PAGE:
Danger to Life and Limb: While knockoff designer handbags or “Rolexes” might offer little immediate threat to a buyer’s health, forged pharmaceuticals can harm or kill those they are supposedly intended to cure. The World Health Organization estimates that 10% of the world pharmaceuticals market may be counterfeit, and that proportion is likely much higher in the developing world. The cost? An estimated hundreds of thousands deaths every year, according to the WHO.
How to Uncover Intellectual Property Theft
Counterfeiters have found a happy home selling online, on sites such as eBay, Craigslist, Alibaba, and Facebook groups. Hundreds of thousands of counterfeit items cross international borders every day.
Private investigators have extensive experience navigating these online marketplaces and social media websites, which offer a treasure trove of information. Investigators use a variety of methods for tracking down counterfeit goods.
- police online marketplaces, such as Alibaba and eBay, and find those engaging in intellectual property theft.
- join Facebook groups to determine if the administrators and/or members of the groups are selling counterfeit goods.
- use online intelligence to find information about the infringers, such as their address, phone number and photo.
- identify infringers, then pose as a potential buyer and arrange to purchase the counterfeit items.
- conduct covert surveillance during a buy of the counterfeit items, purchase of the goods, and appearance of the infringers.
- collaborate with law enforcement in seizing counterfeit goods.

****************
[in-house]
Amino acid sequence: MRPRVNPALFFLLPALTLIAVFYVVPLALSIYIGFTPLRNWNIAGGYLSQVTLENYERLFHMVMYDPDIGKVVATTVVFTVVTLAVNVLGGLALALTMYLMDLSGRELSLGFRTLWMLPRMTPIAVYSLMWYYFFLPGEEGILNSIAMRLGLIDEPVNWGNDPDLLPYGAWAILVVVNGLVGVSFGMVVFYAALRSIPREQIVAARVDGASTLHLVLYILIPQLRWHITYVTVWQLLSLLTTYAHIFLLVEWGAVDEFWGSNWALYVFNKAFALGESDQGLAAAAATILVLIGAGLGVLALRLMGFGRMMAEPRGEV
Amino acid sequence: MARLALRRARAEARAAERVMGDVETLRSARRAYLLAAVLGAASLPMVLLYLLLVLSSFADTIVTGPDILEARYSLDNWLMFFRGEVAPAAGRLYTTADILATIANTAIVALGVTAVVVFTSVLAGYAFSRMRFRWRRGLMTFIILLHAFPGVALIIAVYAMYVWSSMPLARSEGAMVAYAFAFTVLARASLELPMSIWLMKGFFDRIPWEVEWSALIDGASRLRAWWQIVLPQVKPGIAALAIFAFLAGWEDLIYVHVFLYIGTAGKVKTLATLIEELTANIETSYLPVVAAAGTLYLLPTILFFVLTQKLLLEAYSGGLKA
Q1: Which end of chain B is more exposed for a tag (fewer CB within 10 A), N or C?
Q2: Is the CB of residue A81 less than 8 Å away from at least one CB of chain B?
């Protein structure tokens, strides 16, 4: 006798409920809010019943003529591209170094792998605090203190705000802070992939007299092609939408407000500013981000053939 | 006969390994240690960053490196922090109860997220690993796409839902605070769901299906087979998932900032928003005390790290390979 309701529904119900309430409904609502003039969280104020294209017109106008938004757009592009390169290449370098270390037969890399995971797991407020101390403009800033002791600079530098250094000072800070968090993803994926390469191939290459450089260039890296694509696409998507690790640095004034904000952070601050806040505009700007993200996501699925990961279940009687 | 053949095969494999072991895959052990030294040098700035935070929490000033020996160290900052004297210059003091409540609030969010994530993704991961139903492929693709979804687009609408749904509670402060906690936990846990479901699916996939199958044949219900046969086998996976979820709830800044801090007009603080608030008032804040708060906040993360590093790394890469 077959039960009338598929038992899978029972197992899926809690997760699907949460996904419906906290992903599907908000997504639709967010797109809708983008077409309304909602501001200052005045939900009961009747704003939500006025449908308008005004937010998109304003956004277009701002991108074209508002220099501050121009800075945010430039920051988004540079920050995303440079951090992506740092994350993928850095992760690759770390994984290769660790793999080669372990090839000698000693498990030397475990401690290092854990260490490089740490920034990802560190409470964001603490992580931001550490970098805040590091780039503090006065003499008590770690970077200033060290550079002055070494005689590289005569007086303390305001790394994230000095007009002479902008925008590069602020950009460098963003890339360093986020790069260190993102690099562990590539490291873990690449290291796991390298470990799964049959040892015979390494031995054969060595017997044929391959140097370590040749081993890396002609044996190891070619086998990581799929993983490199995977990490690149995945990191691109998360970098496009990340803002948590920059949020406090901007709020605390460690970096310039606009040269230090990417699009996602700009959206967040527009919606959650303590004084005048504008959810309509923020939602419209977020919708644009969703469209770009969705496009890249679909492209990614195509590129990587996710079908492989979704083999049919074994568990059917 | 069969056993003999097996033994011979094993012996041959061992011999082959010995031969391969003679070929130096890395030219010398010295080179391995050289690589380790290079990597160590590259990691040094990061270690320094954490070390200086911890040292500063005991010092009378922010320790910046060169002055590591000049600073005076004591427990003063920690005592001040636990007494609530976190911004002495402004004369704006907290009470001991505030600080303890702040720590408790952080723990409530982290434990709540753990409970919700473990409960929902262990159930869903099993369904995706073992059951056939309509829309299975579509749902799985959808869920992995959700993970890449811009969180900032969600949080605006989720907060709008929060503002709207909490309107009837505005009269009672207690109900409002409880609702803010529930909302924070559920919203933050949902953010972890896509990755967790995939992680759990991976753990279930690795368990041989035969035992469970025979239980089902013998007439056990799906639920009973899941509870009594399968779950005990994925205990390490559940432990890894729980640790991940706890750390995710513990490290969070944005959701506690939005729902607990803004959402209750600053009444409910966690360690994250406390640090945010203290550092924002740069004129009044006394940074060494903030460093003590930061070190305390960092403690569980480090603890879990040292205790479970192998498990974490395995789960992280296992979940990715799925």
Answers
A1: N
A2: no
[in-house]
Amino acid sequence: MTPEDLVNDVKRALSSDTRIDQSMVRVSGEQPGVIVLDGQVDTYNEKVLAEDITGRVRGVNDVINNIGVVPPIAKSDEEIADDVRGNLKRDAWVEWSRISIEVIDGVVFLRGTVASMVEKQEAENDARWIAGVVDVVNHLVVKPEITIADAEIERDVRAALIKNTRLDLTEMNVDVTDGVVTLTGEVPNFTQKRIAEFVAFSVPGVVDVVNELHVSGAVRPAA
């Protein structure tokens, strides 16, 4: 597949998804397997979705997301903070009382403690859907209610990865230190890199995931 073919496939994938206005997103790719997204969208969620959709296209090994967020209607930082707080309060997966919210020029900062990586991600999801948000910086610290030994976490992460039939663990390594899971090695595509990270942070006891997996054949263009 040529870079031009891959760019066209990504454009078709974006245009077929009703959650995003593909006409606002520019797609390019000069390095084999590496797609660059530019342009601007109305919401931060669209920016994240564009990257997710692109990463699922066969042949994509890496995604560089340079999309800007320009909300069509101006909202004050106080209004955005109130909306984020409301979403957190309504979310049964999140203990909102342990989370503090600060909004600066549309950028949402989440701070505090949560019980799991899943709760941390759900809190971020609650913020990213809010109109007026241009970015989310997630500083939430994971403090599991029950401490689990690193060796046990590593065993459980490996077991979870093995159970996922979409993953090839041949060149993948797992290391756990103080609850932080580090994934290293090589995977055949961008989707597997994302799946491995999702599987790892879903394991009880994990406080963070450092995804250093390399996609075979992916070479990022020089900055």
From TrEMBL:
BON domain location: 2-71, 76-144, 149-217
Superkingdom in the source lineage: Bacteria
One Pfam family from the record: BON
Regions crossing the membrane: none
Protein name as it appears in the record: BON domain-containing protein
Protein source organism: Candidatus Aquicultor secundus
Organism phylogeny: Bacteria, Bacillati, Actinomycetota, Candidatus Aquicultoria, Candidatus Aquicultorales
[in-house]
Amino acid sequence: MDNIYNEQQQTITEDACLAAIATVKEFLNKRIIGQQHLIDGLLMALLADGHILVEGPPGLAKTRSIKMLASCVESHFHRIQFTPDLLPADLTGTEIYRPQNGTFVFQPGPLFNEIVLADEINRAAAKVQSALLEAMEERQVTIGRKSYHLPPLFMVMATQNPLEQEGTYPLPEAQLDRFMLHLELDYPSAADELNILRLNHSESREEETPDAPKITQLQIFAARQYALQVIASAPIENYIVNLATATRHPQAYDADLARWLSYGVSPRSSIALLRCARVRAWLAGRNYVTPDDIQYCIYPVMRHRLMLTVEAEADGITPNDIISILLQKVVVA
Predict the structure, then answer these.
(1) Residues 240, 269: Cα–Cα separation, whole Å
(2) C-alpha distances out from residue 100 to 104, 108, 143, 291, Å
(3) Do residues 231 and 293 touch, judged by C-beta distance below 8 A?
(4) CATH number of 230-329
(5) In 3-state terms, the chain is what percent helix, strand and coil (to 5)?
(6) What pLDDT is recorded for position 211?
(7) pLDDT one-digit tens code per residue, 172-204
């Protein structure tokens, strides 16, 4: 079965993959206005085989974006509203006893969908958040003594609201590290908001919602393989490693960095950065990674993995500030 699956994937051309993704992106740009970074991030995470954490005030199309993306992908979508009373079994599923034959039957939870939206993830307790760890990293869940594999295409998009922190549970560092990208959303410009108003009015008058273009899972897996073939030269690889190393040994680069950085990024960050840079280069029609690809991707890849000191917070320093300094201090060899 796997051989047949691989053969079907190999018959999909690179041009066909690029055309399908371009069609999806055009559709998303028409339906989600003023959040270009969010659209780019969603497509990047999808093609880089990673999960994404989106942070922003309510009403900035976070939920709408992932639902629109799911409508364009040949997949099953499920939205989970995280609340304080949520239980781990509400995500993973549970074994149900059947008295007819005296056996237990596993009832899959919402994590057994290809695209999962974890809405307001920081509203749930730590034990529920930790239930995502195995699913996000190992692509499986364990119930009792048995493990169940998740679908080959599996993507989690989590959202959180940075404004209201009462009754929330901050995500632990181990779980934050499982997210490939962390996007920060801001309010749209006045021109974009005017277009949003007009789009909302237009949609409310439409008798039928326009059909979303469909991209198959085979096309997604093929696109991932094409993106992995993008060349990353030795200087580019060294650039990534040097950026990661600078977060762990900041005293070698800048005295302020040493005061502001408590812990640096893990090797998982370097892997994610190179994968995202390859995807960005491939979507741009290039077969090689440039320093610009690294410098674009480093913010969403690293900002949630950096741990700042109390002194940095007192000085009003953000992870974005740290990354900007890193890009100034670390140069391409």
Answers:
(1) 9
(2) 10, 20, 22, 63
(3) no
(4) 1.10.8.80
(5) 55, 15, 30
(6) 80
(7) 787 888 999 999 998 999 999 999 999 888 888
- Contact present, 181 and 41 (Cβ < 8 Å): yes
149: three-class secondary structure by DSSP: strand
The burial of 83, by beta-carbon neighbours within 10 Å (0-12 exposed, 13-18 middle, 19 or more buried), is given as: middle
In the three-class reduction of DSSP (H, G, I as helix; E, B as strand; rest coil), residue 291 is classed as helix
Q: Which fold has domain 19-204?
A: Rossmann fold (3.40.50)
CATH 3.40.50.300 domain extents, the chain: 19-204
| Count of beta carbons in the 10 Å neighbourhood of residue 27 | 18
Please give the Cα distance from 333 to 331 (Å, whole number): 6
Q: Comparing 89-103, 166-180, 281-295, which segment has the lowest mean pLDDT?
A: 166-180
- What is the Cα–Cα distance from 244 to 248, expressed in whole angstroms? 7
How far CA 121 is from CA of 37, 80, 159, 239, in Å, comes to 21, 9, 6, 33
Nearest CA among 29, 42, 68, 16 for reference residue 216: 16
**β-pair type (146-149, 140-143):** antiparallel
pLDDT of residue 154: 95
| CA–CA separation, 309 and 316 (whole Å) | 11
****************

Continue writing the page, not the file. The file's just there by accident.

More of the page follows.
Wrapping Up the Case
Ideally, a brand protection case may result in an appearance in court. Private investigators can play major roles in brand protection cases — gathering admissible evidence and bringing knowledge and credibility to a case. PIs can offer testimony and support to legal teams. They can also play a pivotal role in resolving discrepancies that come up during a case.
Because of the high financial stakes involved in creating and protecting a premium brand, companies have become more willing to hire a professional investigator to help. Investigating counterfeit products and intellectual property infringements is an exciting field, one with growing opportunities for professional sleuths worldwide.
Mark Kusic is a private investigator in British Columbia and is president/founder of Kusic and Kusic Private Investigators in Vancouver, B.C. The firm specializes in anti-counterfeiting, litigation support, brand protection, online investigations, video surveillance, business employee evaluations, and boutique security and executive protection.
“Counterfeit goods are linked to terror groups” (International Herald Tribune, Feb. 12, 2007)
“Counterfeit Goods and Their Potential Financing of International Terrorism” -Zachary A. Pollinger, (Michigan Journal of Business, 2013)
“Fighting Counterfeit Drugs with Mobile Technology” -David Zax, (Fast Company, Dec. 6, 2010)
“Protecting Your Intellectual Property Rights” -Chaudry & Zimmerman